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Parliament Hill is shown in Ottawa on March 11, 2020.

Sean Kilpatrick/The Canadian Press

Canada’s Auditor-General is planning to investigate what went wrong with the country’s once-vaunted early warning system for pandemics after the unit curtailed its surveillance work and ceased issuing alerts more than a year ago, raising questions about whether it failed when it was needed most.

Sources close to the matter said the Auditor-General is planning to probe the government’s handling of the Global Public Health Intelligence Network, or GPHIN, which was a central part of the country’s advance surveillance, early detection and risk-assessment capacity for outbreaks.

‘Without early warning you can’t have early response’: How Canada’s world-class pandemic alert system failed

The Globe and Mail reported on Saturday that a key part of GPHIN’s function was effectively shut down last spring, amid changing government priorities that shifted analysts to other work. According to 10 years of documents obtained by The Globe, the system went silent on May 24 last year, after issuing more than 1,500 alerts over the past decade about potential outbreaks including MERS, H1N1, avian flu and Ebola.

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GPHIN was part of Canada’s contribution to the World Health Organization. Those alerts often helped Canada, the WHO and other countries assess outbreaks at their earliest stages to determine the urgency of the situation. It was responsible for alerting the WHO to the first signs of several potentially catastrophic events, including a 2009 outbreak of H1N1 in Mexico, a 2005 flare-up of bird flu in Iran that the government there tried to hide, and the 1998 emergence of SARS in China.

According to federal documents, “approximately 20 per cent of the WHO’s epidemiological intelligence” came from GPHIN. But sources from inside the Public Health Agency of Canada (PHAC) said the analysts were stripped of their ability to independently issue alerts in late 2018. Those alerts, which had garnered GPHIN a global reputation as a leader in pandemic intelligence, had to be approved by senior management, a move that ultimately silenced the system.

Several past and present employees told The Globe that the government had grown wary of GPHIN’s mandate in recent years, believing it was too internationally focused, given that pandemic events were rare. Analysts were given domestic projects to focus on that didn’t involve global surveillance, and the operation’s early-warning capacity soon suffered. Over the past decade, doctors inside Public Health also began to fear their messages weren’t being heard, or understood, on important topics, the employees said, which affected Canada’s readiness for the COVID-19 pandemic.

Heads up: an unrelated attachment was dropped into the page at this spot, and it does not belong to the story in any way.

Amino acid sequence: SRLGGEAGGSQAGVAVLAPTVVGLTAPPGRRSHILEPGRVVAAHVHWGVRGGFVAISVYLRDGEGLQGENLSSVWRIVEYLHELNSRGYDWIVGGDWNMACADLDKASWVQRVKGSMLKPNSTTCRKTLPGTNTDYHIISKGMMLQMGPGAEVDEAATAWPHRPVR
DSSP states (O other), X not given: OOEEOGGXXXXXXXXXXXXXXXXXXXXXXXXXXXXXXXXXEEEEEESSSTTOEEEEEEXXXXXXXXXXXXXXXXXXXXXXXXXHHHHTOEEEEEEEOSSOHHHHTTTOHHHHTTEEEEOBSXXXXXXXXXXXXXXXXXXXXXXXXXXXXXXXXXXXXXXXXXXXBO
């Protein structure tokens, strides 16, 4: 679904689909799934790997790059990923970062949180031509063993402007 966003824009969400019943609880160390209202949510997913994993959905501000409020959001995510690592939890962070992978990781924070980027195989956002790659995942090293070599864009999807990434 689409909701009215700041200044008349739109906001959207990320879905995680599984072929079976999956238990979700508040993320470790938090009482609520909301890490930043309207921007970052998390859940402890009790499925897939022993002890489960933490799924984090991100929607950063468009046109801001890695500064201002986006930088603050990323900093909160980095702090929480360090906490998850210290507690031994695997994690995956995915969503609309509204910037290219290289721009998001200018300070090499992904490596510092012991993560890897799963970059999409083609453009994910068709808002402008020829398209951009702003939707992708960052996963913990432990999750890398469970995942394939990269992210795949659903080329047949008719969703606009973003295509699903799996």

The Auditor-General is also planning to look at Canada’s risk assessments during the pandemic, which may have affected the speed and urgency of mitigation measures, such as border closings, airport shutdowns and the use of protective masks. Throughout January, February and into March, the government maintained the risk the virus posed to Canada was “Low,” even as evidence of human-to-human spread became increasingly evident around the world. Canada didn’t elevate its risk rating to “High” until March 16, nearly seven weeks after the WHO declared the global risk was high and urged countries to start preparing.

The Office of the Auditor-General has previously signalled that it would be taking a critical look at the federal government’s response to COVID-19, but the probe of GPHIN is now among its top priorities, according to sources familiar with the matter. The sources were not authorized to speak publicly and the Auditor-General, as a matter of course, does not comment publicly on its investigations. The work is to be completed late this year or early next year.

“It’s still early in the process,” said Vincent Frigon, spokesman for the Office of the Auditor-General. “We don’t comment on ongoing audits, however when we do have a better idea of what’s the scope of the audit we should be able to release the information. … We should have a more specific timeline later this year.”

A PHAC spokesman said the agency would assist in the audit. “The Auditor-General plays an important role in Canada’s democracy as a key Officer of Parliament,” PHAC said in an e-mailed statement. “The Public Health Agency of Canada is fully prepared to assist the Office of the Auditor-General as they work on their audit of the Government’s pandemic preparedness and response.”

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Few outside GPHIN knew the operation had curtailed its outbreak surveillance work to the extent it had. When a senior public health official addressed the WHO in November, the government described the system as still active. In a 2018 assessment of Canada’s pandemic preparedness capabilities, the WHO referred to GPHIN as the “cornerstone” of Canada’s pandemic response capability, and “the foundation” of global early warning, where signals are “rapidly acted upon” and “trigger a cascade of actions” by governments.

The unit, which involves roughly a dozen highly trained epidemiologists and doctors fluent in multiple languages, began as an experiment in the 1990s during the advent of the internet, but was elevated after the 2003 SARS crisis, when Canada realized it needed to be better prepared for serious outbreaks.

When fully operational, it was a combination of machine learning and human analysis, with GPHIN’s algorithms sifting through more than 7,000 data points from around the world each day, from local news reports and online discussions to arcane medical data, searching for unusual patterns. Those were then narrowed down for closer analysis by medical experts.

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